Today, our society is on a precipice of significant advancement in healthcare because 3D printing will usher in the next generation of medicine. The next generation will be driven by customization, which will allow doctors to replace limbs and individualize drugs. However, the next generation will be without large pharmaceutical companies and their justifications for strong intellectual property rights. However, the current patent system (which is underpinned by a social tradeoff made from property incentives) is not flexible enough to cope with 3D printing’s rapid development. Very soon, the social tradeoff will no longer benefit society, so it must ...


Corporate Power Unbound: Investorstate Arbitration Of Ip Monopolies On Medicines—Eli Lilly V. Canada And The Trans-Pacific Partnership Agreement, Brook K. Baker, Katrina Geddes Apr 2016

Corporate Power Unbound: Investorstate Arbitration Of Ip Monopolies On Medicines—Eli Lilly V. Canada And The Trans-Pacific Partnership Agreement, Brook K. Baker, Katrina Geddes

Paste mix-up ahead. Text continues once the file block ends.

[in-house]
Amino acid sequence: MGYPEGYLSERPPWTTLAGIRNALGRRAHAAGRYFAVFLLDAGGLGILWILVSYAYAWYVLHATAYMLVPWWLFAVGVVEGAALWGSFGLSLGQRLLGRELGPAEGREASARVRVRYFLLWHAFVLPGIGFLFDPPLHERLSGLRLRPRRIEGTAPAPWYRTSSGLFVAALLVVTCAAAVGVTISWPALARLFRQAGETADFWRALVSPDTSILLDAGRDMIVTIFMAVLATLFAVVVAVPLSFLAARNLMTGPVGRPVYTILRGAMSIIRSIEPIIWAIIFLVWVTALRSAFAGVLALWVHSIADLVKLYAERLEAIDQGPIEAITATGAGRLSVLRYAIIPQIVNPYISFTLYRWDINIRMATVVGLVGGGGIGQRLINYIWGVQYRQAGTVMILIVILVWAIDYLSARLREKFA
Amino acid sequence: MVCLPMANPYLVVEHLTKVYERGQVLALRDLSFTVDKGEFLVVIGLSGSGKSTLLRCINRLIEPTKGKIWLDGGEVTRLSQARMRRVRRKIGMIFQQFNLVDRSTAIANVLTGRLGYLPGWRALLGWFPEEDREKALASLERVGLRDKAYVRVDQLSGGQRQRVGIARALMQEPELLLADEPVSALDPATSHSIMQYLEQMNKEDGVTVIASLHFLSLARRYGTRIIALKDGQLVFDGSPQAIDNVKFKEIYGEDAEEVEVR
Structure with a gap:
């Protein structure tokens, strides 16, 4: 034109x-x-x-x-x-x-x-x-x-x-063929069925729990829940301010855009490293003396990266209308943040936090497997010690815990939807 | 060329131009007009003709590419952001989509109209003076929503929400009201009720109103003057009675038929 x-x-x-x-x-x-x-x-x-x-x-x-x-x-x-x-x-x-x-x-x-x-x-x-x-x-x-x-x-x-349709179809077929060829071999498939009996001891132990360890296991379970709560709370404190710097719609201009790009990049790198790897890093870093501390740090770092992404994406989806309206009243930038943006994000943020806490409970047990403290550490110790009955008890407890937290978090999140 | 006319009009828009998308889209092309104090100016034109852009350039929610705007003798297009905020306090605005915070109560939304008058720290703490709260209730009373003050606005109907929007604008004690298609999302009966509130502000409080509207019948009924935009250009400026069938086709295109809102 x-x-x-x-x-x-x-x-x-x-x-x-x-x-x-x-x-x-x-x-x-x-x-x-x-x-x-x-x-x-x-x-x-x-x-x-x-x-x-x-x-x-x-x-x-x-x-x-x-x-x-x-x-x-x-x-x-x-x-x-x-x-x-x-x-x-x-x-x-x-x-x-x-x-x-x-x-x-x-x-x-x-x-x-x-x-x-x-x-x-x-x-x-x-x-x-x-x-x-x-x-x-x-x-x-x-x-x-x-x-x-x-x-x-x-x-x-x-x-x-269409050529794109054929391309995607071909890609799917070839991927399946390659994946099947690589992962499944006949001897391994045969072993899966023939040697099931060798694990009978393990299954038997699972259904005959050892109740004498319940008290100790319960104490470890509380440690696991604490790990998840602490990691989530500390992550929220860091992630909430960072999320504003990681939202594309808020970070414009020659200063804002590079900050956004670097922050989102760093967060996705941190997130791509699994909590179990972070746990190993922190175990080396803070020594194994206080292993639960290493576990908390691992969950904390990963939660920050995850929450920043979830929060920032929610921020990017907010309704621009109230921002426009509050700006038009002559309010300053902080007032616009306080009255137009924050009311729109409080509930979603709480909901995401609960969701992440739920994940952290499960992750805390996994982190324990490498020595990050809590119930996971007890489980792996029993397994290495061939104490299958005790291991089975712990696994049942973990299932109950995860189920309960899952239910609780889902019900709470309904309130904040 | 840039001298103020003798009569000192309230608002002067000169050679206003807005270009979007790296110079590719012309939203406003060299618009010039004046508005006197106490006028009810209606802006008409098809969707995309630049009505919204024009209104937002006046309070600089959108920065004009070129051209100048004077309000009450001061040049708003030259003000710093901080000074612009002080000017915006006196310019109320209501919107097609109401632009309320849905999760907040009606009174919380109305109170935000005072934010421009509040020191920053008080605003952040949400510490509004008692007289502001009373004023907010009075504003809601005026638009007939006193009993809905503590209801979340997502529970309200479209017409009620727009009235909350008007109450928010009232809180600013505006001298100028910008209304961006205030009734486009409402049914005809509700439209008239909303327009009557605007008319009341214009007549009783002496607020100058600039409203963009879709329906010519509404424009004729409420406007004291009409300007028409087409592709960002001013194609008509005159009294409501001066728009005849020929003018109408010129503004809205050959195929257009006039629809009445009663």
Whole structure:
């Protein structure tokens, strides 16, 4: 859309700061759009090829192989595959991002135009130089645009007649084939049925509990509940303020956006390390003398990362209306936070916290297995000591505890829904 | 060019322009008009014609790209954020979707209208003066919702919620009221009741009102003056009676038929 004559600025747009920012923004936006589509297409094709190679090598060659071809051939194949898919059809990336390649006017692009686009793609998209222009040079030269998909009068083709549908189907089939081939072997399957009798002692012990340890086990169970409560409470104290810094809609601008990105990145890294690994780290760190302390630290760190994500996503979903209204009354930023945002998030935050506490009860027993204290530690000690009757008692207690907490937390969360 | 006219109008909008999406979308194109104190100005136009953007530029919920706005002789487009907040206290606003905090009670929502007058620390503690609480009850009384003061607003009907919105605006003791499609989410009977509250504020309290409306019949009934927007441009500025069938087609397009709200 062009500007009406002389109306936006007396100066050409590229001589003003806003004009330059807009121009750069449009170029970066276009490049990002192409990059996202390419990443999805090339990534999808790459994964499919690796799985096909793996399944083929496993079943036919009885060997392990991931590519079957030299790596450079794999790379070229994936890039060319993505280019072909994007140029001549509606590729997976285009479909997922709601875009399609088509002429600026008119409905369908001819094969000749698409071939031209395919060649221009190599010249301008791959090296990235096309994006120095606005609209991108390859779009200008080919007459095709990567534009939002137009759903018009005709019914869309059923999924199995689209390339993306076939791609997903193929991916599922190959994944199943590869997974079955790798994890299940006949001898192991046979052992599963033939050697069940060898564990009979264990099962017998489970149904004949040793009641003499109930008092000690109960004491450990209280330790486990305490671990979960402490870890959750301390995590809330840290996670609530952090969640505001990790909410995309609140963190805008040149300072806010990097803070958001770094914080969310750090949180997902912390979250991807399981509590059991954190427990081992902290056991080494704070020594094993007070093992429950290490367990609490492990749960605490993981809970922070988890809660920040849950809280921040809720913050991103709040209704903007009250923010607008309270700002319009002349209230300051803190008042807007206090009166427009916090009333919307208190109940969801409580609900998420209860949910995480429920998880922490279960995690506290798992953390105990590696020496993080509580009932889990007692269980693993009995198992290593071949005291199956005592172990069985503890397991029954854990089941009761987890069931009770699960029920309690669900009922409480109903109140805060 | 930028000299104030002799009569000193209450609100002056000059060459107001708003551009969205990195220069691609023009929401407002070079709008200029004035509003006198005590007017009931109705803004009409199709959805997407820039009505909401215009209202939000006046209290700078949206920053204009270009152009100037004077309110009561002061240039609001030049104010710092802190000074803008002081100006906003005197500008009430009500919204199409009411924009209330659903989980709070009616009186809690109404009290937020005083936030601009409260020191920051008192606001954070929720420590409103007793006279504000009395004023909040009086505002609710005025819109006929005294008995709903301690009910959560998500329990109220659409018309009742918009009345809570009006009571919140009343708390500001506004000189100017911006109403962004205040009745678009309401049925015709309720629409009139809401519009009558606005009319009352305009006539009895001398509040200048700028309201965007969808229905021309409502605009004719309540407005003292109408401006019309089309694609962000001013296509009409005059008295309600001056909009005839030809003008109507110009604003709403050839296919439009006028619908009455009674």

Journal of Intellectual Property Law

No abstract provided.


3d Printing And Healthcare: Will Laws, Lawyers, And Companies Stand In The Way Of Patient Care?, Evan R. Youngstrom Apr 2016

3d Printing And Healthcare: Will Laws, Lawyers, And Companies Stand In The Way Of Patient Care?, Evan R. Youngstrom

Evan R. Youngstrom

Today, our society is on a precipice of significant advancement in healthcare because 3D printing will usher in the next generation of medicine. The next generation will be driven by customization, which will allow doctors to replace limbs and individualize drugs. However, the next generation will be without large pharmaceutical companies and their justifications for strong intellectual property rights. However, the current patent system (which is underpinned by a social tradeoff made from property incentives) is not flexible enough to cope with 3D printing’s rapid development. Very soon, the social tradeoff will no longer benefit society, so it must ...


Mid-Atlantic Ethics Committee Newsletter, Spring 2016 Apr 2016

Mid-Atlantic Ethics Committee Newsletter, Spring 2016

Mid-Atlantic Ethics Committee Newsletter

No abstract provided.


Being Mortal: Medicine And What Matters In The End, By Atul Gwande, Tara Darling Jan 2016

Being Mortal: Medicine And What Matters In The End, By Atul Gwande, Tara Darling

Journal of Aging, Longevity, Law, and Policy

No abstract provided.


Mid-Atlantic Ethics Committee Newsletter, Winter 2016 Jan 2016